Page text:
Macroeconomic impact of stranded fossil fuel assets
Macroeconomic impact of stranded fossil fuel assets, a major global study finds that rates of technological change in energy efficiency and renewable power are likely to cause a sudden drop in demand for fossil fuels, with major implications for the global economy.
The study, published in Nature Climate Change and co-authored by Cambridge Econometrics’ Director Hector Pollitt and Principal Modeller Unnada Chewpreecha, finds that low-carbon technology diffusion, energy efficiency and climate policy may be substantially reducing global demand for fossil fuels.
This trend is inconsistent with observed investment in new fossil fuel ventures, which could become Stranded Fossil Fuel Assets (SFFA) as a result.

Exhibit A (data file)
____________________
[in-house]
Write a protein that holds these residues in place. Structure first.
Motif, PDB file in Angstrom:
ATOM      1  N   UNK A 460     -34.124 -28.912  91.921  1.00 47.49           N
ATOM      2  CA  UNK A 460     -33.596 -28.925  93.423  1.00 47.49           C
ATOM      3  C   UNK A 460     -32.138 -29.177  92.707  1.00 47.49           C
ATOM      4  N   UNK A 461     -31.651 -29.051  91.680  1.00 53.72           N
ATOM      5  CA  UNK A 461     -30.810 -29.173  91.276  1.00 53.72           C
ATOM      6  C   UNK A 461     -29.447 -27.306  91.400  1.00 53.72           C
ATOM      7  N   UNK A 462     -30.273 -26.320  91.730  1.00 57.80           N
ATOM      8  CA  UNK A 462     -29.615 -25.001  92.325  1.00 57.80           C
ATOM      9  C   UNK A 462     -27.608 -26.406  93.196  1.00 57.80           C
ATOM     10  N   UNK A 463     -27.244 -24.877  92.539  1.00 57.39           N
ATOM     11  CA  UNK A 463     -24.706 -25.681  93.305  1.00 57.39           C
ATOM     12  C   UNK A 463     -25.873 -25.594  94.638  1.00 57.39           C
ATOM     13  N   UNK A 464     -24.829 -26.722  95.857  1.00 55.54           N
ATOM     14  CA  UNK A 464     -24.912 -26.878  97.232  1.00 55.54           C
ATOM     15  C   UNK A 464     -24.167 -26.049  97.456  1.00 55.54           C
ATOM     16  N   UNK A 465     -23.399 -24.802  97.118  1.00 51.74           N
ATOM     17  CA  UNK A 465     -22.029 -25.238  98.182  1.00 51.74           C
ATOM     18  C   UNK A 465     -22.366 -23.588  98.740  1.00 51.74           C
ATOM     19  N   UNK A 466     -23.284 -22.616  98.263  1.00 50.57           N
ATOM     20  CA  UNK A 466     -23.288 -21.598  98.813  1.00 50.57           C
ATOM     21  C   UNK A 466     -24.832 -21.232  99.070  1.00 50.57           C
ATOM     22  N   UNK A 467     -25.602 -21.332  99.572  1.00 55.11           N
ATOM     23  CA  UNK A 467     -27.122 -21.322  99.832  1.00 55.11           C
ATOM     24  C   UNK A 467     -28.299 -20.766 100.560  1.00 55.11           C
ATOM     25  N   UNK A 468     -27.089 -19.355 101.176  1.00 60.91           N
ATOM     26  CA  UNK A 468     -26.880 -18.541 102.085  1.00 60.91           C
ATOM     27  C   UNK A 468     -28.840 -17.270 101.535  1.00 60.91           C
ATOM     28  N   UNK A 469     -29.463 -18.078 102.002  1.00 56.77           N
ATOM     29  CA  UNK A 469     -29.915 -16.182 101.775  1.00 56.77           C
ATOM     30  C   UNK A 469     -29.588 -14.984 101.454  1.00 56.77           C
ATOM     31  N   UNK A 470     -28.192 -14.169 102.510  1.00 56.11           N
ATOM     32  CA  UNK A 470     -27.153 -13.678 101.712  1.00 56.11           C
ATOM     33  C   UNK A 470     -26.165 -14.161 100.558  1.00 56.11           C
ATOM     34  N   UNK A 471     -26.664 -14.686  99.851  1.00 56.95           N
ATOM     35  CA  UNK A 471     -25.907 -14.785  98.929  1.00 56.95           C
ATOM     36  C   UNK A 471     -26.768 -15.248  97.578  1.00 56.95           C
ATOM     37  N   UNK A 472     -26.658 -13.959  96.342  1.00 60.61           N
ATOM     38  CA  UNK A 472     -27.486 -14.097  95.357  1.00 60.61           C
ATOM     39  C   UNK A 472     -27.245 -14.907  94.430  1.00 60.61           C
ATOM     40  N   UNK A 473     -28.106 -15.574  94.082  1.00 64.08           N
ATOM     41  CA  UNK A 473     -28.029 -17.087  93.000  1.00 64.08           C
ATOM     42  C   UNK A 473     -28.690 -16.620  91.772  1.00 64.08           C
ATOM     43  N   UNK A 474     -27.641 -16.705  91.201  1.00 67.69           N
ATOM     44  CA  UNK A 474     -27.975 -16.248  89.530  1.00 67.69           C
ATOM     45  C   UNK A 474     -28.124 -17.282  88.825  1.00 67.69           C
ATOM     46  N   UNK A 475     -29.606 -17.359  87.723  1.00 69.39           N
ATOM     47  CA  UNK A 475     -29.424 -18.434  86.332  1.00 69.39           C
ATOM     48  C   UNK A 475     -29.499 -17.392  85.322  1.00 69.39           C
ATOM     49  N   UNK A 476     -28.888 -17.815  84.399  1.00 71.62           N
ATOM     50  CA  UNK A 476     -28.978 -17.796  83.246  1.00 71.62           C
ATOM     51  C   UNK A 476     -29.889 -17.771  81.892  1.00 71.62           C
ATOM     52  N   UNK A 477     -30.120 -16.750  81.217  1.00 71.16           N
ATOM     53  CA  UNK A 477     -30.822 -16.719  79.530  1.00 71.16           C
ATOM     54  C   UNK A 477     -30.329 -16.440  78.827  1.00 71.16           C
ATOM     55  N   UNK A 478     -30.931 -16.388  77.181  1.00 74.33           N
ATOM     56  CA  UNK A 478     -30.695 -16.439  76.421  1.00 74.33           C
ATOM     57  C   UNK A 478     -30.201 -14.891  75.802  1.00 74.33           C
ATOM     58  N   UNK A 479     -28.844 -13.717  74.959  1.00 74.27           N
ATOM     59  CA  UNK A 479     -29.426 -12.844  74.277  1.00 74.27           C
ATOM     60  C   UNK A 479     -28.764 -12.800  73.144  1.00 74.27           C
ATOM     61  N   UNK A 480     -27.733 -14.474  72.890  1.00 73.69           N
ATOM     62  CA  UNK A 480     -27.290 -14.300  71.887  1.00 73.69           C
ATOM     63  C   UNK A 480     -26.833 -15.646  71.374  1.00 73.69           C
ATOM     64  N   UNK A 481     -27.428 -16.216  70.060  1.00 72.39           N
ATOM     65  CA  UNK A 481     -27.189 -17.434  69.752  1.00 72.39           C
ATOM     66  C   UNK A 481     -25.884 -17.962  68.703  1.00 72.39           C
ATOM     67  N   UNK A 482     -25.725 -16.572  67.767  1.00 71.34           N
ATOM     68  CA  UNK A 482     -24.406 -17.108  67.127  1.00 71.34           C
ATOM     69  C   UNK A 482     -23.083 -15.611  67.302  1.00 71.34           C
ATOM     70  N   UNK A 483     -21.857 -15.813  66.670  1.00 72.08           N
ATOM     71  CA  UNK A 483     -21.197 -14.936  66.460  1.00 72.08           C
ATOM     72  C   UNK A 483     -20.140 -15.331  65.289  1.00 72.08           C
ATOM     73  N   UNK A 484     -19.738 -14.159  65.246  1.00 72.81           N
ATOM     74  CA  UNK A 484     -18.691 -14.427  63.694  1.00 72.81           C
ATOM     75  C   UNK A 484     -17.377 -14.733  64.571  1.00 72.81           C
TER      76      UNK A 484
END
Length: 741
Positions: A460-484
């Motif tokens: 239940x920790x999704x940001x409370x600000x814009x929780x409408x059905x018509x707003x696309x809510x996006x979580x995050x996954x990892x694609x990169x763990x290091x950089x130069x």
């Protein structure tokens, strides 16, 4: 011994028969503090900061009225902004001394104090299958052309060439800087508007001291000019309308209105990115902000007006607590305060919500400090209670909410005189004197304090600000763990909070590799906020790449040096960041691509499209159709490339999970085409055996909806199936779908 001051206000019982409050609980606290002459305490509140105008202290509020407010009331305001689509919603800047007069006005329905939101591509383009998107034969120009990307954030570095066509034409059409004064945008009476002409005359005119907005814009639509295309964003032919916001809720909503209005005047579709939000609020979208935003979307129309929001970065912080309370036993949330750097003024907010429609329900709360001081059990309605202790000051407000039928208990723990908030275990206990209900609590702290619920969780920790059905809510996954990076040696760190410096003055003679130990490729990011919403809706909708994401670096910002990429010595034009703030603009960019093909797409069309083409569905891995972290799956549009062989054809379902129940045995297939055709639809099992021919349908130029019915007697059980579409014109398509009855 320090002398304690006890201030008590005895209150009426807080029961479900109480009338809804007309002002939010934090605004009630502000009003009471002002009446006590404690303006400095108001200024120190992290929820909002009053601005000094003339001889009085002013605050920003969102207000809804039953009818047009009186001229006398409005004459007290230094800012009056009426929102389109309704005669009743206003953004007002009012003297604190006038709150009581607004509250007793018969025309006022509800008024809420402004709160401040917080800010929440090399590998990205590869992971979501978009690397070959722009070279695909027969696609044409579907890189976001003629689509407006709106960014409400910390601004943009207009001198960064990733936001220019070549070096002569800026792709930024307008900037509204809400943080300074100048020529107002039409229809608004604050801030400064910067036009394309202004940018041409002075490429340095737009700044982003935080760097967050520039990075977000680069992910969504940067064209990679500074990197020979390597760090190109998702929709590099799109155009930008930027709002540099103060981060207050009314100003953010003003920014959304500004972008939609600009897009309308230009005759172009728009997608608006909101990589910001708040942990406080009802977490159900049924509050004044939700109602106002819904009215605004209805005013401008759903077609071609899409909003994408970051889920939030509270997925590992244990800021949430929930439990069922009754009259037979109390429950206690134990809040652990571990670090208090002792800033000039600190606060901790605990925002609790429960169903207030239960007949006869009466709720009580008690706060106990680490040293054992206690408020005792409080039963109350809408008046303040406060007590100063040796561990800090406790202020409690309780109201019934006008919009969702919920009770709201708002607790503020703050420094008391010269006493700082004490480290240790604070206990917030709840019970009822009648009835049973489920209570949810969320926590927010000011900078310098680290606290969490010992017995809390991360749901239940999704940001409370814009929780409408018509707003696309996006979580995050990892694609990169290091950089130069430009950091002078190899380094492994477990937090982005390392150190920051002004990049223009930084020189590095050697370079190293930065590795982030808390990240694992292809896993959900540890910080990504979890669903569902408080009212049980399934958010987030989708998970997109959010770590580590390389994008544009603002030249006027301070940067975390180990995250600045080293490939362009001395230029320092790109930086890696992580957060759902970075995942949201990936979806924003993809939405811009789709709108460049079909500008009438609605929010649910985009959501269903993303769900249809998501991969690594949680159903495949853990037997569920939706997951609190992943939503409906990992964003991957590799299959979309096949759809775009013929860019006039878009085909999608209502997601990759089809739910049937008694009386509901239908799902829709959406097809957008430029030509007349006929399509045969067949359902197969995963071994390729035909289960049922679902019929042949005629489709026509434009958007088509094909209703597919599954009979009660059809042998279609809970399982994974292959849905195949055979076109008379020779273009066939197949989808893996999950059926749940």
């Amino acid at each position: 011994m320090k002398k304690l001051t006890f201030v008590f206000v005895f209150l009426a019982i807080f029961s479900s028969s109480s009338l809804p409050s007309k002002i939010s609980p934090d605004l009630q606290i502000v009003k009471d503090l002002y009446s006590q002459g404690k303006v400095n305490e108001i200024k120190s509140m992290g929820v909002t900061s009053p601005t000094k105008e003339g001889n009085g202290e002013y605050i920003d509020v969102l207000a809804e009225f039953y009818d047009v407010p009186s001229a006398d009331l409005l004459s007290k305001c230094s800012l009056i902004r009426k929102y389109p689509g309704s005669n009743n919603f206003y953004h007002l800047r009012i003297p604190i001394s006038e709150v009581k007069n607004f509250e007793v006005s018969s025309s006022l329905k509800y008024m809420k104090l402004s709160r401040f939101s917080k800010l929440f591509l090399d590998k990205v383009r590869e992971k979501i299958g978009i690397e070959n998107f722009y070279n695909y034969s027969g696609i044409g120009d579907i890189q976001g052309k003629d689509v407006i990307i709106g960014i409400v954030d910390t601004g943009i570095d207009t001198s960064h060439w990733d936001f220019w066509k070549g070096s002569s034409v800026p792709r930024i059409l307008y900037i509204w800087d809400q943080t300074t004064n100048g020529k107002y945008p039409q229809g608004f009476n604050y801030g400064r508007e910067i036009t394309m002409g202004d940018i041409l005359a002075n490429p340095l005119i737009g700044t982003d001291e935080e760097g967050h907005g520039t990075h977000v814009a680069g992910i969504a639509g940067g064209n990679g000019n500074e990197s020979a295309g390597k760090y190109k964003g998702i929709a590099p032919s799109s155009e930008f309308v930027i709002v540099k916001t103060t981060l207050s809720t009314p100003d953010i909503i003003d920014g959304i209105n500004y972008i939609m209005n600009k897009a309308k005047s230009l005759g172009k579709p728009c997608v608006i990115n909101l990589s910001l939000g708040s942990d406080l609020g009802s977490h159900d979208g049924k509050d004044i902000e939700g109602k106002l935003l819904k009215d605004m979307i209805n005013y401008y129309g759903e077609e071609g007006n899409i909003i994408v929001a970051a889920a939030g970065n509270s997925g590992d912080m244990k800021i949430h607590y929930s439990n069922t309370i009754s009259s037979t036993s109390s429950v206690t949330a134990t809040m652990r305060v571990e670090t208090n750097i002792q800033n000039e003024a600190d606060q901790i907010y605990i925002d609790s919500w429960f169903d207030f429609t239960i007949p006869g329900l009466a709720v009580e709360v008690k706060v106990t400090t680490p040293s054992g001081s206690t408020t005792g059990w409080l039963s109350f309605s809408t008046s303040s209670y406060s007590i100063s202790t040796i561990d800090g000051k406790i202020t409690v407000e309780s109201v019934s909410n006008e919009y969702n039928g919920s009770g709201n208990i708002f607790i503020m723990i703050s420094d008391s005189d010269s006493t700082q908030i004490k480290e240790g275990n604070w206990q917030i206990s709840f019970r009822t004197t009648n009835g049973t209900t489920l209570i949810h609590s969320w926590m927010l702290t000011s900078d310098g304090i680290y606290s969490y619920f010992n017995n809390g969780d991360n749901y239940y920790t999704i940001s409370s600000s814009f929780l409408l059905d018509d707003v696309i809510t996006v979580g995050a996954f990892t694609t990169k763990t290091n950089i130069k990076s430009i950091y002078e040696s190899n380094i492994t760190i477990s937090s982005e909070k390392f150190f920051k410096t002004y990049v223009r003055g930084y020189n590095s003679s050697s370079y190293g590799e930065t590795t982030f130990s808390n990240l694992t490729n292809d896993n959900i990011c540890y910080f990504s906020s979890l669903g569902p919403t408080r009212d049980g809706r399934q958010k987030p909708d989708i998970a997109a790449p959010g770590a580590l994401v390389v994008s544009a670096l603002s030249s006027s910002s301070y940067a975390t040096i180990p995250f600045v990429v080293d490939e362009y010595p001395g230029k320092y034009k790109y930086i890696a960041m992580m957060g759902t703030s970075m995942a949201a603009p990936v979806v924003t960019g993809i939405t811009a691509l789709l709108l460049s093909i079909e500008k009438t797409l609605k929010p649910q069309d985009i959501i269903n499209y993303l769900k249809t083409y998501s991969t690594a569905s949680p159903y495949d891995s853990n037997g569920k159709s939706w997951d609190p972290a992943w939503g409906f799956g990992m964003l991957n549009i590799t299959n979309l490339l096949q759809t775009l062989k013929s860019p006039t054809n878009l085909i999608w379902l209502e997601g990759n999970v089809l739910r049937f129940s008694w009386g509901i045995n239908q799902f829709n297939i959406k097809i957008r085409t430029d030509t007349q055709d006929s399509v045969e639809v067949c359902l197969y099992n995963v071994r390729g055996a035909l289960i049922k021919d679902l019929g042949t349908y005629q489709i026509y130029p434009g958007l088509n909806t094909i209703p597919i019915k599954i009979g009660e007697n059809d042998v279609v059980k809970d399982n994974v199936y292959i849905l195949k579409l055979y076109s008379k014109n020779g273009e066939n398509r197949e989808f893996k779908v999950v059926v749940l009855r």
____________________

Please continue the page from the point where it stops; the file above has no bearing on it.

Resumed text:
The researchers used E3ME (a global economy–environment simulation model) to study the macroeconomic impact of SFFA. The modelling suggests that SFFA would occur as a result of an already ongoing technological trajectory, irrespective of whether or not new climate policies are adopted, because low-emission solutions are simply becoming more cost-effective.
The loss would be amplified if new climate policies to reach the 2°C target of the Paris Agreement are adopted and/or if low-cost producers (some OPEC countries) maintain their level of production (‘sell out’) despite declining demand; the magnitude of the loss from SFFA may amount to a discounted global wealth loss of US$1–4 trillion.
There are clear distributional impacts, with winners (for example, net importers such as China or the EU) and losers (for example, Russia, the United States or Canada, which could see their fossil fuel industries nearly shut down), although the two effects would largely offset each other at the level of aggregate global GDP.
The study was completed by an international team of researchers and was widely covered in the press.
‘Carbon bubble’ could wipe trillions from global asset values – Cambridge Econometrics coverage.
‘Carbon bubble’ could spark global financial crisis, study warns – Guardian coverage.